With the summer movie season in the books and the fall “awards movies” making the rounds at some of the bigger film festivals in Venice and Toronto, among others, it’s about that time of year that I start to catch up on the list of films that I’ve been keeping track of for my Worst Movies of 2014 feature. In another three months, it will be time to celebrate the best of the year’s worst, while openly pondering whether I made the wrong decision in ranking Safe Haven fourth last year, as its hilariously bad ending has grown on me as one of the worst things that I have ever seen in a movie in my lifetime. As for this year, while I still have quite the list of movies to watch before December 15, there’s a really good chance that this could be the first year ever that the same actor stars in the Top 2 worst films on my list. Who that actor may be will remain a mystery for now.
Who it won’t be is Adam Sandler, a comedy icon who turns 48-years old tomorrow and celebrated over the weekend by attending the Toronto International Film Festival to promote his new drama, Men, Women and Children. Unlike his other 2014 film, Blended, which was a movie about an actor who takes all of his actor friends on vacation to Africa, Men, Women and Children has the typically goofy actor taking a far darker turn as a sex addicted parent, and Jason Reitman’s film is earning decent reviews. As for the unexpected return to drama, Sandler told the audience at TIFF: “I told Jason: ‘This thing gives me such a stomach ache I’m having a hard time wanting to be in it.’ I was just so nervous about it. I guess the thing that made me the most nervous was my kids seeing this movie one day and knowing how painful this movie is.”
Sandler in a painful movie? As if his kids aren’t going to see Jack and Jill someday. But since I’ve promoted Sandler and Happy Madison to my Worst Movies Hall of Fame with anything that has ‘Madea’ in the title or involves Aaron Seltzer and Jason Friedberg, and especially since I didn’t actually dislike Blended as much as I thought I would – Terry Crews is obviously to thank for that – I wanted to be a little positive today for Sandler’s birthday. Much in the same way that I like to think that years of bagging on Rivers Cuomo for Weezer’s nonstop crapfest of albums seems to have gotten his head back in the game for the band’s upcoming album, I thought it was a good time to celebrate Sandler’s best work (before trashing his worst work, since it’s all hand-in-hand) so that maybe… just maybe… we can hear him use a stupid voice again and not immediately want to punch a puppy.
(Notice that I’m starting from No. 1 so that we can all watch ourselves go from happy to miserable. Also, these are mostly starring roles, except for one film, so don’t ask where Dirty Work is, because if I counted that, it would be No. 3.)
1) Happy Gilmore
These first two films could be interchangeable, but my team of researchers believes that this film not only holds up better, but features more quotable lines and memorable characters. And while we could probably have a gentleman’s debate about the topic for days, I strongly believe that Virginia Venit > Veronica Vaughn, no matter how much backlash I know is coming for that. Likewise, and far more importantly, “The price is wrong, bitch” is a way better line for everyday conversation than “Stop looking at me swan.”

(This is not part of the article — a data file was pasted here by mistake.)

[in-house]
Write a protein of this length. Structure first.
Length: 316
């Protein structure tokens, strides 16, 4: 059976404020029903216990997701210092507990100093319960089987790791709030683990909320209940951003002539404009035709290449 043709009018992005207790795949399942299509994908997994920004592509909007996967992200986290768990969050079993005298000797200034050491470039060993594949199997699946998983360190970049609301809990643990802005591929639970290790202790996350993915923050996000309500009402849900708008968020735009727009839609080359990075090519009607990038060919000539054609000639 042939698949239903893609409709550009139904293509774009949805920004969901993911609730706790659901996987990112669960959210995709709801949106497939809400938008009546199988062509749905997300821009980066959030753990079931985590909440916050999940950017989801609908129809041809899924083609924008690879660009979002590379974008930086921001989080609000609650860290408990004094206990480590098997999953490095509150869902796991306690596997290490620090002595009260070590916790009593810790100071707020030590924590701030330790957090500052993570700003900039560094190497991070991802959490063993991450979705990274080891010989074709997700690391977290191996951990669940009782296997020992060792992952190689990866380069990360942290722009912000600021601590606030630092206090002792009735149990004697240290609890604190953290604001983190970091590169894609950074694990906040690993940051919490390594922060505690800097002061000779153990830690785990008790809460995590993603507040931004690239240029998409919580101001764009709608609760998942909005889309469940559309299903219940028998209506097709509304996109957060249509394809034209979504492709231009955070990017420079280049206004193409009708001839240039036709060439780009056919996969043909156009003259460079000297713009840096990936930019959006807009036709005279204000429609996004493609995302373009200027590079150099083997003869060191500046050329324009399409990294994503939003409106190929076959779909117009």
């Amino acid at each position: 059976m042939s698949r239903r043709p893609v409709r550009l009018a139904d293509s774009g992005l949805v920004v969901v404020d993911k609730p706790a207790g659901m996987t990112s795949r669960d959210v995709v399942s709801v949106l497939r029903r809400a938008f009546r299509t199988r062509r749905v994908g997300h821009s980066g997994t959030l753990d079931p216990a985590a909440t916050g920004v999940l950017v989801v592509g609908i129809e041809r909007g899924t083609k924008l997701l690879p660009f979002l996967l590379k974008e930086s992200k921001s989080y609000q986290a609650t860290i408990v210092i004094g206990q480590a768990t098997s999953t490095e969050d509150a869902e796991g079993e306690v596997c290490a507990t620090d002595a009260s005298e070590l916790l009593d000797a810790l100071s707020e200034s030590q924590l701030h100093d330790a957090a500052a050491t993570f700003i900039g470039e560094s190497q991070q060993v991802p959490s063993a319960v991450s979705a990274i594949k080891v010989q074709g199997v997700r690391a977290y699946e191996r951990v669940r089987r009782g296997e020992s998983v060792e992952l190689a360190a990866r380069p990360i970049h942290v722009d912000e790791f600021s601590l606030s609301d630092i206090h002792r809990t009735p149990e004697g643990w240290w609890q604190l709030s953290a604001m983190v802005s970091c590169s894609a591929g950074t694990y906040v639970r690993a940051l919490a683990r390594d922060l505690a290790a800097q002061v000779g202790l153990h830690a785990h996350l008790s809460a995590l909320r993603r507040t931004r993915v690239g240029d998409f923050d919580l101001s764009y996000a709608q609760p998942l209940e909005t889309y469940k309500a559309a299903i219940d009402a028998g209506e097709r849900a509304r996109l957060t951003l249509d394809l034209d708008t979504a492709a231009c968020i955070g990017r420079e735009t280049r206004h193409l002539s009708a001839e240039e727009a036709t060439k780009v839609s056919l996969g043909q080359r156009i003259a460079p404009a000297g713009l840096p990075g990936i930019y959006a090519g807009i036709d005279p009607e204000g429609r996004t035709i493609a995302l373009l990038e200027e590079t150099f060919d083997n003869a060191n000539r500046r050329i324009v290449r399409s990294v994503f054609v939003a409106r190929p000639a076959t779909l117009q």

2) Billy Madison
That’s not to say that Billy Madison isn’t a wonderful movie that stands the test of time. Although, in recent years, I have come to question the authenticity and scientific merit of the possibility that a banana peel, especially one that has aged over a considerable period of time, could cause a station wagon carrying an entire family of large men to spin out of control and drive over a cliff. My research in this matter is ongoing.
3) Punch-Drunk Love
This movie is awesome to the point that it depresses me when I watch it, because I think of the movies that Sandler went on to make and I get really angry and want to destroy every copy of this movie on Earth as punishment for people helping Grown Ups earn more than 10 times Punch-Drunk Love at the box office.
4) The Wedding Singer
I know some people who don’t like this movie at all, but I think that it’s the best example of what Sandler should have been doing for the bulk of his A-list career. It was the perfect blend of nostalgia and cornball comedy, all glued together with Sandler’s classic doofus charm. I strongly recommend that anyone who doesn’t understand the growing vitriol for Sandler watch The Wedding Singer and then That’s My Boy in one evening, because the gap between the two ultimately similar films is astounding.
Again, this is all about starring roles, but Sandler’s Pip basically saved Airheads from being a fun idea that was ruined by some really questionable casting. Brendan Fraser had a lot of potential when he was younger, but making him the edgy, rebellious leader of a 90s metal band? With Steve Buscemi as the bassist? Joe Mantegna as the hip rock radio station DJ? David Arquette being paid to act in anything ever? Sandler’s performance deserves to be praised for making Airheads such a fun movie to watch all of these years later, despite its glaring flaws.